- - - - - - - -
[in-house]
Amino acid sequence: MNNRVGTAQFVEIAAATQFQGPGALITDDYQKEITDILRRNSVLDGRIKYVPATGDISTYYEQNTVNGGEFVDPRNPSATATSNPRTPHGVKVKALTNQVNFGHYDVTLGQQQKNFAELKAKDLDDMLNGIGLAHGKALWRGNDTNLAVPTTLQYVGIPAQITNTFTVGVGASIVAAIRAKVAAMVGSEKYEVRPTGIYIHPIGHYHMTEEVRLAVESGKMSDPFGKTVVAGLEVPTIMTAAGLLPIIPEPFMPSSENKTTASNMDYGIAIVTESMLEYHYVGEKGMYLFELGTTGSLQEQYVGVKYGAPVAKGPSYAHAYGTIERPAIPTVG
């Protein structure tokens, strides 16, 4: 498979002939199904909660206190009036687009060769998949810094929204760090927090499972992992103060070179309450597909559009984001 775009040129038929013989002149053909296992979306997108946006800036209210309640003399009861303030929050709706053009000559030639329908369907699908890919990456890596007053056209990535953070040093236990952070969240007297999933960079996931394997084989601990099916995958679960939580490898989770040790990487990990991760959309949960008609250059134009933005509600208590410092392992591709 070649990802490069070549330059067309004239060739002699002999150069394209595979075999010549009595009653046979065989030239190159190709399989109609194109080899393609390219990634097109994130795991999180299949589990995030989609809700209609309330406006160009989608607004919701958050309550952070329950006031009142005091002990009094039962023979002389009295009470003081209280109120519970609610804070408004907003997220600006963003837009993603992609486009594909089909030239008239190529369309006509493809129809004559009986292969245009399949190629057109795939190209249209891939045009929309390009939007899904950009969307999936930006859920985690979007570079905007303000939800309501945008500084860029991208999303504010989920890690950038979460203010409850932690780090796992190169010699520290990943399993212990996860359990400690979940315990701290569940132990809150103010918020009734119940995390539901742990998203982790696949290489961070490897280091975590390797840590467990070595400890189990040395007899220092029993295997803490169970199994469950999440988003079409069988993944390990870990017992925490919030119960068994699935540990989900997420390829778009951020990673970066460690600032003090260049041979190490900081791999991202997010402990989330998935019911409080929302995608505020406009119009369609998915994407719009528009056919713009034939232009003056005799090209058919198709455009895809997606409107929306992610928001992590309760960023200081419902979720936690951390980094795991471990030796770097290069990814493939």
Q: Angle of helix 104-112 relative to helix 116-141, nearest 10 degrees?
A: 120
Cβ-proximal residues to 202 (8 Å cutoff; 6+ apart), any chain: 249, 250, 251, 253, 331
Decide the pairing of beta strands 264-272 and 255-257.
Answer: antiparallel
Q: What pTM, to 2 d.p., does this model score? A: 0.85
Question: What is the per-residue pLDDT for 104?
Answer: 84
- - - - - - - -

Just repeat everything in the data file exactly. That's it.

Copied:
[in-house]
Amino acid sequence: MNNRVGTAQFVEIAAATQFQGPGALITDDYQKEITDILRRNSVLDGRIKYVPATGDISTYYEQNTVNGGEFVDPRNPSATATSNPRTPHGVKVKALTNQVNFGHYDVTLGQQQKNFAELKAKDLDDMLNGIGLAHGKALWRGNDTNLAVPTTLQYVGIPAQITNTFTVGVGASIVAAIRAKVAAMVGSEKYEVRPTGIYIHPIGHYHMTEEVRLAVESGKMSDPFGKTVVAGLEVPTIMTAAGLLPIIPEPFMPSSENKTTASNMDYGIAIVTESMLEYHYVGEKGMYLFELGTTGSLQEQYVGVKYGAPVAKGPSYAHAYGTIERPAIPTVG
């Protein structure tokens, strides 16, 4: 498979002939199904909660206190009036687009060769998949810094929204760090927090499972992992103060070179309450597909559009984001 775009040129038929013989002149053909296992979306997108946006800036209210309640003399009861303030929050709706053009000559030639329908369907699908890919990456890596007053056209990535953070040093236990952070969240007297999933960079996931394997084989601990099916995958679960939580490898989770040790990487990990991760959309949960008609250059134009933005509600208590410092392992591709 070649990802490069070549330059067309004239060739002699002999150069394209595979075999010549009595009653046979065989030239190159190709399989109609194109080899393609390219990634097109994130795991999180299949589990995030989609809700209609309330406006160009989608607004919701958050309550952070329950006031009142005091002990009094039962023979002389009295009470003081209280109120519970609610804070408004907003997220600006963003837009993603992609486009594909089909030239008239190529369309006509493809129809004559009986292969245009399949190629057109795939190209249209891939045009929309390009939007899904950009969307999936930006859920985690979007570079905007303000939800309501945008500084860029991208999303504010989920890690950038979460203010409850932690780090796992190169010699520290990943399993212990996860359990400690979940315990701290569940132990809150103010918020009734119940995390539901742990998203982790696949290489961070490897280091975590390797840590467990070595400890189990040395007899220092029993295997803490169970199994469950999440988003079409069988993944390990870990017992925490919030119960068994699935540990989900997420390829778009951020990673970066460690600032003090260049041979190490900081791999991202997010402990989330998935019911409080929302995608505020406009119009369609998915994407719009528009056919713009034939232009003056005799090209058919198709455009895809997606409107929306992610928001992590309760960023200081419902979720936690951390980094795991471990030796770097290069990814493939």
Q: Angle of helix 104-112 relative to helix 116-141, nearest 10 degrees?
A: 120
Cβ-proximal residues to 202 (8 Å cutoff; 6+ apart), any chain: 249, 250, 251, 253, 331
Decide the pairing of beta strands 264-272 and 255-257.
Answer: antiparallel
Q: What pTM, to 2 d.p., does this model score? A: 0.85
Question: What is the per-residue pLDDT for 104?
Answer: 84